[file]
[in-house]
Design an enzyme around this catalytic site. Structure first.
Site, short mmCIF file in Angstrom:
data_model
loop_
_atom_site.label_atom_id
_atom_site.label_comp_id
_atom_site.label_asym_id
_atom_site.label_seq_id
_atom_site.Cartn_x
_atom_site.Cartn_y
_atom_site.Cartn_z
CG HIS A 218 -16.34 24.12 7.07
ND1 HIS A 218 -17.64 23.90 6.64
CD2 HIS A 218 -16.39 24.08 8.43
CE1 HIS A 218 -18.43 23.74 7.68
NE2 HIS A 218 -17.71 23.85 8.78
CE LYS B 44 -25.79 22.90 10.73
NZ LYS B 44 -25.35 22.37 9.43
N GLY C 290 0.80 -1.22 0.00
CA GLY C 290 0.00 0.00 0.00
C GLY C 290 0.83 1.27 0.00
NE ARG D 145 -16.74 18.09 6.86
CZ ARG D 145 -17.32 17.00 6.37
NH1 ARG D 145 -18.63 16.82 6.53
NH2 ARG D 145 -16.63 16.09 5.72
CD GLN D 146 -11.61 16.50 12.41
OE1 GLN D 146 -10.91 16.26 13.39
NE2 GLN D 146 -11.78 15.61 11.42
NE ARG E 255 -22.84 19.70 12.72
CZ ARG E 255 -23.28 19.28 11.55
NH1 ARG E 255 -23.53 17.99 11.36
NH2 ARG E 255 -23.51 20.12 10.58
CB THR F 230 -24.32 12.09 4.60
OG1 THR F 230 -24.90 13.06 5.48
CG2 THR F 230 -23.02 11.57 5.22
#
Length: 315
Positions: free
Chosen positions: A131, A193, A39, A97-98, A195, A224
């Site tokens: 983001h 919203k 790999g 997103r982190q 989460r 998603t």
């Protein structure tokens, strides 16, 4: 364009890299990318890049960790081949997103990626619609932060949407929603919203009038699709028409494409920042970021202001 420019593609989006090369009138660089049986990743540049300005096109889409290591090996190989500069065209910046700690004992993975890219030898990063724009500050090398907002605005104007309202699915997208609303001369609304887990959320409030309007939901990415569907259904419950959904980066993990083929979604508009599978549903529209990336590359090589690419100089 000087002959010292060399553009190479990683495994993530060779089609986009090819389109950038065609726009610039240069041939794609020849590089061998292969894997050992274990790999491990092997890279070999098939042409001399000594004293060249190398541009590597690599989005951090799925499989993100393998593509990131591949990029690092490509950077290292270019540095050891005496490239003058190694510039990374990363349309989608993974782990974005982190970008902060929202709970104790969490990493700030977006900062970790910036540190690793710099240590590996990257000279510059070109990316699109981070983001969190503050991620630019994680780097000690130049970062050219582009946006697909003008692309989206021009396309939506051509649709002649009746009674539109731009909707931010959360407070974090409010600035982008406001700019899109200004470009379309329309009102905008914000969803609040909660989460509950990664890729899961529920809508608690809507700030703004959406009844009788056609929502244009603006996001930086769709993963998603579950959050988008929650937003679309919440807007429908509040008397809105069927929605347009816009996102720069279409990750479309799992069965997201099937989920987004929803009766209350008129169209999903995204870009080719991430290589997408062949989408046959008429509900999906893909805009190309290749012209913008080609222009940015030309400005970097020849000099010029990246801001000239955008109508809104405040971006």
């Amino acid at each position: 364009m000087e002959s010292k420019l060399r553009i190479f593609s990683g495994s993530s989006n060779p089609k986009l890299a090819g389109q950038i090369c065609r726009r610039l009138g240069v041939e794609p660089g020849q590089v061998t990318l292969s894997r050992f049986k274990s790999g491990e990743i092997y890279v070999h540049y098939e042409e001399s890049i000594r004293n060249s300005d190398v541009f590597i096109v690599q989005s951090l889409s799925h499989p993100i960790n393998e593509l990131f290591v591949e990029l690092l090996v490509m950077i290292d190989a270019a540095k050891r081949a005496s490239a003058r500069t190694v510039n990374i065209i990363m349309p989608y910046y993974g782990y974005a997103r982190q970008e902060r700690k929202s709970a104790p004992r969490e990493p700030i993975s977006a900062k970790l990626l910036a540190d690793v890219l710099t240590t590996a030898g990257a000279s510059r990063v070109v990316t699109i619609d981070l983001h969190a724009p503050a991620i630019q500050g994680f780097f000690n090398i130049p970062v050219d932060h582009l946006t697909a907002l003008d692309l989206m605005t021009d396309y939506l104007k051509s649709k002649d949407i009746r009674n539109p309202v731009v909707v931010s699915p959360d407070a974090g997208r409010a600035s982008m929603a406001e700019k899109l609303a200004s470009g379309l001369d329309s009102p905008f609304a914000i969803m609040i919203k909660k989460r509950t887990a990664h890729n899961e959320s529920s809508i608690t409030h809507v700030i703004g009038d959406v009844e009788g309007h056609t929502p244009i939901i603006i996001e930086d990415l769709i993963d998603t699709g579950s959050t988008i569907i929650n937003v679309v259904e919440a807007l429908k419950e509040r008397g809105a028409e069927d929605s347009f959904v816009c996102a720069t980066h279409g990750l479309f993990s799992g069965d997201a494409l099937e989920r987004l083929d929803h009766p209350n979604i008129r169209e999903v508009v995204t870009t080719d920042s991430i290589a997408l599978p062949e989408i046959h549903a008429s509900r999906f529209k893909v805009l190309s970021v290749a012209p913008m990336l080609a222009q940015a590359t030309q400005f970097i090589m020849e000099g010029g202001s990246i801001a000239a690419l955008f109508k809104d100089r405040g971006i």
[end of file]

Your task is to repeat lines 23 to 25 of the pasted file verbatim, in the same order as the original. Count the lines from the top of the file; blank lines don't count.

NE ARG D 145 -16.74 18.09 6.86
CZ ARG D 145 -17.32 17.00 6.37
NH1 ARG D 145 -18.63 16.82 6.53